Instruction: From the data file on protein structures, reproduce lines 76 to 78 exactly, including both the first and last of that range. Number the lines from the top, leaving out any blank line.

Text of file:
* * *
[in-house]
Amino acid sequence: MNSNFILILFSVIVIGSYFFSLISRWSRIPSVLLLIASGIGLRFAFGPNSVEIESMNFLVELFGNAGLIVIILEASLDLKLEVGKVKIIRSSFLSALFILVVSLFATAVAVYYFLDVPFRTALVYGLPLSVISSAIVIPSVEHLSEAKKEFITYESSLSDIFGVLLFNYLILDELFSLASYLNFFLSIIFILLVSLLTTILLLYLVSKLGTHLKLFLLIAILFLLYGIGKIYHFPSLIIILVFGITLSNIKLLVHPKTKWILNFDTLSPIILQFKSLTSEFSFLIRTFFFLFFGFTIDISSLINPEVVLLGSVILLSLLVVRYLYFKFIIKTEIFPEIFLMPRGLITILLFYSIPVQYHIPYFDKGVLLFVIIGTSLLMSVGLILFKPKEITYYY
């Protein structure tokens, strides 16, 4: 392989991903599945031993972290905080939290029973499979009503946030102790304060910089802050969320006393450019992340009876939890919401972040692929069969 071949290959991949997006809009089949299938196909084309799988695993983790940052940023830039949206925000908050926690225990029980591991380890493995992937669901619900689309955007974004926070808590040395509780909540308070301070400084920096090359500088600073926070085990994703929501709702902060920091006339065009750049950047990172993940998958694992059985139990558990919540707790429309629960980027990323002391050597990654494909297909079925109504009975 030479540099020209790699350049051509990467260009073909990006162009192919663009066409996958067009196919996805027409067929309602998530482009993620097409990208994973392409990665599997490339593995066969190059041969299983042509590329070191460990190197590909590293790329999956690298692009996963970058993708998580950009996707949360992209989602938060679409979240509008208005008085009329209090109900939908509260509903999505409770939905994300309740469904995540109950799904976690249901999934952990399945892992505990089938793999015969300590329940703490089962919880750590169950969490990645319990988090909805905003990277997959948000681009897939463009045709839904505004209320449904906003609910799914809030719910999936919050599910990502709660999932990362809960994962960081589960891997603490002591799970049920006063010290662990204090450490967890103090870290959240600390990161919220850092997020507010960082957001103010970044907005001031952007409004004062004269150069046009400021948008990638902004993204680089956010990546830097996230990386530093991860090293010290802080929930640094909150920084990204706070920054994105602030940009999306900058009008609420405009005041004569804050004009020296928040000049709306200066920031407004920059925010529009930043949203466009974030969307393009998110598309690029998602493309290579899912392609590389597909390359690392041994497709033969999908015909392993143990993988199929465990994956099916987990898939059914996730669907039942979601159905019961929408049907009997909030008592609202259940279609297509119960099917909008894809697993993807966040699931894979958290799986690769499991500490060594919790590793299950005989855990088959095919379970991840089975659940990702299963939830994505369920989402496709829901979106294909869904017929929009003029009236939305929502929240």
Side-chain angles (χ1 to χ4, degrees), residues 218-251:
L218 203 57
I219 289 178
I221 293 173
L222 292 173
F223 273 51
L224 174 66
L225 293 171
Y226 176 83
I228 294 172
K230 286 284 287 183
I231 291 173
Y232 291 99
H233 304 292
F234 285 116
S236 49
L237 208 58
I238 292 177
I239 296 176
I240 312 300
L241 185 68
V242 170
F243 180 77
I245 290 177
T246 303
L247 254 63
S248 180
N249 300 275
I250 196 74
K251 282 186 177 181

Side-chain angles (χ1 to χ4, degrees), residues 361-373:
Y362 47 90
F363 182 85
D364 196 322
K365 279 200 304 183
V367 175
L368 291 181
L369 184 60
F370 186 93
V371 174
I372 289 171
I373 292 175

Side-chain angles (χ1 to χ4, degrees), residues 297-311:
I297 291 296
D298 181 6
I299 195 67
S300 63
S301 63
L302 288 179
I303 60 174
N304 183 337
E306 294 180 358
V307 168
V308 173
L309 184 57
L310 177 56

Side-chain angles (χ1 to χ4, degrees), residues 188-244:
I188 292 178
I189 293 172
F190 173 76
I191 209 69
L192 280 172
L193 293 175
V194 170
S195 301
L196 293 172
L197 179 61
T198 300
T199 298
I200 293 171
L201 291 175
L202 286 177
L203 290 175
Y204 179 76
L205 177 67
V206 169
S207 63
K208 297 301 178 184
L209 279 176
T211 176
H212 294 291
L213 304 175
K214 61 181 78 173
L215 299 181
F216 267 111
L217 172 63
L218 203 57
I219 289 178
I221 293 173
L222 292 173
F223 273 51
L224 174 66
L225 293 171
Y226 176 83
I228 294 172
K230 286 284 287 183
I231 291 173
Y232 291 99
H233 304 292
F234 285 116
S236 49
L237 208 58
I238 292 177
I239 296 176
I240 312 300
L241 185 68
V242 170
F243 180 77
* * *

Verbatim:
L203 290 175
Y204 179 76
L205 177 67